Forget the dusty, dried flower arrangements of the 1970s, because we’ve entered a new era.
Single specimens in statement jars or vases, hand-tied bunches, or artistic woven willow hoops are the modern way of using dried flower heads. They’re understated and they come in parchment shades of silver, grey and brown so they slot into modern homes brilliantly well. You can also add touches of floral colour, should you wish.
Better still, you can gather material from your own garden, or a hedgerow, and arrange it once it’s become desiccated and dry. It’s very creative and you don’t need any specialist equipment – just a pair of snips and some imagination! You can find plenty of extra inspiration in Cut and Dry by Carolyn Dunster – published by Laurence King Publishing.
How to dry cut flowers
Choose a dry day to cut your material. The middle of the day is best, because that’s when the stems and heads are drier.
Flowers need to be picked just as they open, before any aging occurs. English lavender, Lavandula angustifolia, for instance, is traditionally cut during the first week of Wimbledon – at the end of June. Roses and peonies need to be picked when the buds begin to swell.
Many flowers dry easily when upside down in a dry position out of direct sunlight. Dry garden sheds are ideal for this in summer, but you can also hang them in kitchens, or airing cupboards. Clothes airers make ideal frames, but you can also use clothes hangers or metal hooks.
Denser flowers, such as sunflowers, will need a little more help and a conventional fan oven on a low setting works well. You could also use an airing cupboard. If you’re using a microwave, it’s 5 second bursts on the lowest setting – but do watch carefully.
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Perennial garden flowers and shrubs suitable for drying
English lavender - Lavandula angustifolia
This summer-flowering lavender is often used for low hedges, or planted at the front of borders. The heads are roughly an inch or so long (4cm). The first week or second of Wimbledon is the ideal time to cut them, while they’re pristine. ‘Munstead’ is mauve-blue, ‘Hidcote’ is a darker purple-blue and ‘Melissa Lilac’ a paler mauve. Hang up the bunches to dry.
Achillea, or yarrow, is a stiff-stemmed perennial that dries easily. Simply stand the stems in a vase or bucket. ‘Moonshine’ is a long-flowering fresh acrid-yellow, good with blues. 'Walther Funcke' is late-autumn dusky orange. ‘Gold Plate’ is a six-foot high golden yellow, but any achillea should dry well and their flat heads provide a contrast among delicate dried seed heads and flowers.
Sea lavender - Limonium platyphyllum
The tiny flowers form thunderclouds and they are held on long stems, so they may need staking in the garden. Cut in their prime and hung up, they will fade to lilac. Or you can wait and cut them when they have faded naturally into parchment and charcoal.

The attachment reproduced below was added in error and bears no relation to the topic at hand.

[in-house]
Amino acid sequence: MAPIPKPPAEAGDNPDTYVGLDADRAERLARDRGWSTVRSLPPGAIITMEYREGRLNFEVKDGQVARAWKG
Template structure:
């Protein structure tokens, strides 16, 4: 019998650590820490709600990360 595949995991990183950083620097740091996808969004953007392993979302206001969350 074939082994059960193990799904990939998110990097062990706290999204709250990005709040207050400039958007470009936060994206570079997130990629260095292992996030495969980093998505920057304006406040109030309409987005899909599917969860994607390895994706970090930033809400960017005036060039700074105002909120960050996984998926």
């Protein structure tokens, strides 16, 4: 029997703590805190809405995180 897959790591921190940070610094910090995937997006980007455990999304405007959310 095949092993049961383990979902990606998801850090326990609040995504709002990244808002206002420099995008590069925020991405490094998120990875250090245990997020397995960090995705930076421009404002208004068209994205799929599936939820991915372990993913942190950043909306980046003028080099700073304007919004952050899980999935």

Annual statice - Limonium sinuatum
This colourful sea lavender comes in many shades, including blue, yellow and apricot. Sow in April, prick out and then find a well-drained sunny position. Keep picking and more will come. The subdued shades are particularly effective, but don’t bunch up lots of brightly coloured stems together. It’s too dolly mixture!
Greater sea kale - Crambe cordifolia
This giant member of the cabbage family produces stems of tiny white flowers at eye height, like a leggy but equally dainty Gypsophila. As they fade green bobbles appear. There is a strong cabbage smell at first, but it does fade.
Globe artichoke - Cynara cardunculus
Tall and statuesque, reaching man-height, this sun lover can be picked as the flowers open, or left to form a seed head. It will dry hung upside down. Give this a sheltered sunny site, but it’s easy to raise from seed should it disappear after a hard winter. It needs space and supports.
Great Masterwort - Astrantia major
The deeper pinks are more effective and they dry well. ‘Ruby Cloud’ is a good, readily available one. Most of this one’s flowers appear in May, but astrantias rebloom again spasmodically in late summer and autumn if the soil’s moist enough. The sterile, candy-pink ‘Roma’ flowers for longer and it dries well.
Sea holly - Eryngium
Perennial sea hollies have blue flowers and blue stems when grown in sunny positions. The heads dry well, picked when they first fully open. You have two bites of cherry with the biennial sea holly, Eryngium giganteum. This architectural, stainless steel eryngium with jagged ruffs set round large, oval thimbles. Be warned! This biennial self-seeds if left, but it can be dried when silvery, or left to turn soft-brown.
An easily grown annual, with whorls of purple flowers held on slender, upright stems. As the flowers fade the seed heads develop, looking like mink-brown skewered astrantias. It will flower all summer long too, and grows well in clay soil.
Drumstick scabious - Scabiosa stellata 'Sternkugel'
The best scabious to dry, with globular flowers full of mini shuttlecocks. Needs a warm, well-drained position to flourish – but lasts for months. Other forms of Scabiosa atropurpurea from soft, spongy thimbles and these gradually turn to cotton wool. Japanese anemones have similar seedheads.